A participant states that roadworks are not coordinated. Administration des Ponts et Chaussées is holding and publishing these data, but only for the part of the network for which they are in charge, 2nd level of roads is not covered. More generally, municipalities do have a high level of autonomy, it would rise some difficulties to introduce that kind of system at the national scale. Even if municipalities data might also raise some interoperability issues pertaining to models or formats, their data are valuable as main and secondary are quickly overloaded.
Moreover, a crowdsourcing approach could feed this tool, with social media data, a participation of Police, Post (and other delivery services) to feed a system, as well as more structured data coming from Coyote, Waze or TomTom.
As noted by participants, similar experiments in France allowed to state that around 50% of reported accidents are actually false accidents. Hence the need of a cross-checking approach.
Some participants stress also the importance to have real time data, for example concerning parking. The latter are already publicly available for Luxembourg Ville. This point shall be stated in the parking management contracts. One shall also take into account whether these facilities do have the right system to produce, handle and share these data. Another participant stressed the need to have an alignment of the data format models, which requires standardization. A good example is DATEX2 which enhances the re-usability and comparability of data.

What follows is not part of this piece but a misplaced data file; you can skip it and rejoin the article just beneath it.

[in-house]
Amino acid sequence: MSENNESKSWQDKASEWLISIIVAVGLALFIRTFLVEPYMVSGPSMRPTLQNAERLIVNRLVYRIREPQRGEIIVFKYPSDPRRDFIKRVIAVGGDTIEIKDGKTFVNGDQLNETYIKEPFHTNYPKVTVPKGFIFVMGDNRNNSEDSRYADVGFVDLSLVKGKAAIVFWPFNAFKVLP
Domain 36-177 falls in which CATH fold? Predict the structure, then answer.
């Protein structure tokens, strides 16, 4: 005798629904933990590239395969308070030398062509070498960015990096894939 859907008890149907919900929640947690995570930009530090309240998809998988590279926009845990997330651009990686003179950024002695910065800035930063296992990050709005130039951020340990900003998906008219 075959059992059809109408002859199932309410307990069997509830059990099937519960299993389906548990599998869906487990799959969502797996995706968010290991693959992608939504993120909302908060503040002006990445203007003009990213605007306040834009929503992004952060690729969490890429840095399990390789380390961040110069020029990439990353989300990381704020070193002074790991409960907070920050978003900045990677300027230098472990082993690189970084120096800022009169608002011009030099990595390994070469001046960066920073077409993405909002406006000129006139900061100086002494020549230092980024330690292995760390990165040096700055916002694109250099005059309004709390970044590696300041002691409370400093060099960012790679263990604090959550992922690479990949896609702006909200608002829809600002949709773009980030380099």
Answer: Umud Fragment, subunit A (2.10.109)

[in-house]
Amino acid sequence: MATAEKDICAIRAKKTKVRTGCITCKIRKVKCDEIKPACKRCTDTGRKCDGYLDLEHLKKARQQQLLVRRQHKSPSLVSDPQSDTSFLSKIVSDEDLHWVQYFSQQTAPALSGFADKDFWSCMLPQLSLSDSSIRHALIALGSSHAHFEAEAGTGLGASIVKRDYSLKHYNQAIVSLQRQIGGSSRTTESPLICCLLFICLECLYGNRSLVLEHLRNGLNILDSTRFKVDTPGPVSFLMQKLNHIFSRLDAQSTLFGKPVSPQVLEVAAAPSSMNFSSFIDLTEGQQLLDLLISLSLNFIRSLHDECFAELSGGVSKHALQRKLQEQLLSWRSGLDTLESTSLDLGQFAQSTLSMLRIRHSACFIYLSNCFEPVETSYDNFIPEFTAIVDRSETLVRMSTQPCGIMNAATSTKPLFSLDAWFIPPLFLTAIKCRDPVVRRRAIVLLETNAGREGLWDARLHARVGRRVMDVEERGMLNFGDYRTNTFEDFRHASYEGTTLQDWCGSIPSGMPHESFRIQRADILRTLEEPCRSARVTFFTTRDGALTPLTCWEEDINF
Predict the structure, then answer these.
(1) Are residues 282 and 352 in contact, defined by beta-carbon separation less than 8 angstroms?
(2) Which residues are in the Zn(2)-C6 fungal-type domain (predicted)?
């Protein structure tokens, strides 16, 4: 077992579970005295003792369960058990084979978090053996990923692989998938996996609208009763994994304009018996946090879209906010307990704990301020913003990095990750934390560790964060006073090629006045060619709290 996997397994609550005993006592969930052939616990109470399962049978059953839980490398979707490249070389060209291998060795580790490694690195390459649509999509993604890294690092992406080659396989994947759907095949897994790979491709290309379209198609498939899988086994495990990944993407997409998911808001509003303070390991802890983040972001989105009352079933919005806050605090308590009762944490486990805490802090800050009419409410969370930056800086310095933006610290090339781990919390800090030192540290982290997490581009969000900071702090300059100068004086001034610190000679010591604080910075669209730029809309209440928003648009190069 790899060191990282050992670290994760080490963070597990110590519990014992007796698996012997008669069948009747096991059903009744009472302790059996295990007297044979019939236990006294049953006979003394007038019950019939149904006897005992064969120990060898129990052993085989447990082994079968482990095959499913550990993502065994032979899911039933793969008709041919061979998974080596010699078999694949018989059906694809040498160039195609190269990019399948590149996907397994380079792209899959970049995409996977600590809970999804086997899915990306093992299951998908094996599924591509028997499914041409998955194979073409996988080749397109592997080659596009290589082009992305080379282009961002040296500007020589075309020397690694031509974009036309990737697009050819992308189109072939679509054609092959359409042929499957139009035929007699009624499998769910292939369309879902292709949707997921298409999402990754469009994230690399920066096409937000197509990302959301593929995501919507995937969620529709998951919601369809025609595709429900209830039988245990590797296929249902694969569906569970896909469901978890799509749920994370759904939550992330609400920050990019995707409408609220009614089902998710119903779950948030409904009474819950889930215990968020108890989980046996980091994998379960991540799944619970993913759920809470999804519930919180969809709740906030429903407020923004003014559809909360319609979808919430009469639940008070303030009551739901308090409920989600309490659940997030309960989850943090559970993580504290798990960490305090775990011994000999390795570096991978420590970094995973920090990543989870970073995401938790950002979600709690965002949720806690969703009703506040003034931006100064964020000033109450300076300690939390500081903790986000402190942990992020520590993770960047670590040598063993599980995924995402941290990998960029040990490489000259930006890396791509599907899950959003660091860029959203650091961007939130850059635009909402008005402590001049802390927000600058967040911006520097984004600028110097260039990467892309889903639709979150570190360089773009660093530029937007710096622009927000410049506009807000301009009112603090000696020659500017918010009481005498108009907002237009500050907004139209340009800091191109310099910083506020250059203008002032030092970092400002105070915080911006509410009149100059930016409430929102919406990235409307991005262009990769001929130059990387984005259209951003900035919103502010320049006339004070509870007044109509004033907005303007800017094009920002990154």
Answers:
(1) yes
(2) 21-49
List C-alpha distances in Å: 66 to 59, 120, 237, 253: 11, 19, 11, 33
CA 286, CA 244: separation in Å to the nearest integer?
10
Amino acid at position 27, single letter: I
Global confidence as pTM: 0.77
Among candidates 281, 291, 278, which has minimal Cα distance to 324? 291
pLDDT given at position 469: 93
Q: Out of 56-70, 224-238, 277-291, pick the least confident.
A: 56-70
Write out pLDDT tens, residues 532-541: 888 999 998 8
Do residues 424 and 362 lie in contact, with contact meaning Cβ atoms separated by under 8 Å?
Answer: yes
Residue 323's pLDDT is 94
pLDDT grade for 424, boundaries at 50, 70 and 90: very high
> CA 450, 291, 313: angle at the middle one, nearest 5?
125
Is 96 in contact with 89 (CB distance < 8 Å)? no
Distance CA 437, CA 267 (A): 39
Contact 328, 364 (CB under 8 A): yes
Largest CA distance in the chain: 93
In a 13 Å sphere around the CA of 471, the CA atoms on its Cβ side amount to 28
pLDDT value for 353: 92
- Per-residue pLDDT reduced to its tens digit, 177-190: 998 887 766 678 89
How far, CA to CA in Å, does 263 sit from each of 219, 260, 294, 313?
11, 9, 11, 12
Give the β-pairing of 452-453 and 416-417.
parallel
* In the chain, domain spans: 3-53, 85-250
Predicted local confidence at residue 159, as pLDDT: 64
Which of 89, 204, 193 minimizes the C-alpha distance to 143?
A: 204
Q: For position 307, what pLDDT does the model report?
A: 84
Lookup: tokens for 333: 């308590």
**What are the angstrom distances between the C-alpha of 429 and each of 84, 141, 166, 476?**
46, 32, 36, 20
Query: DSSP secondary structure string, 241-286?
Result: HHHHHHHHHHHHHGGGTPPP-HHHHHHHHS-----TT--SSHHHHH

Some participants compare also the data availability with other countries, emphasizing for example that there is a lack of social data (in comparison with the UK), maybe because of the GDPR.
Other kinds of mobility could also be considered. For example, one company is working in Israel to park the scooters. It remains difficult to integrate bicycles & soft mobility in a common system, especially in a data ecosystem.
Replication of the challenge “Continuité du Trafic”, for a (test) replication of this BE-GOOD challenge in Luxembourg.
A large range of required data are already available. ACL has also relevant data and is interested by a replication and might participate. Pertaining to the current set of data used, they report some problems with the use of roads-cameras (freeze frames). They gave also an agreement to use (but not to release) Waze and TomTom data. They use to crosscheck their information with Police and Ponts et Chaussées through phone calls.
Use of Open Data in research
National Open Data portal pleads to proceed a fuller linkage of research projects and Open Data they re-use. They emphasize also that as intermediaries, they may help to provide a lot of open data in specific topics. Among the mentioned projects, participants mentioned a multi-modal journey planner. Other project aims to integrate all Open Data and put data analytics, especially to build multimodal models to understand how people choose their means of transport, including the use of a tangible table. A national project will envision better plan buses journeys and helping to decide which lines to electrify first. LIST and SnT mention a future project, a decision-making tool.
To be continued…
Other workshops will be organised. Feel free to share all your suggestions with:
firstname.lastname@example.org or email@example.com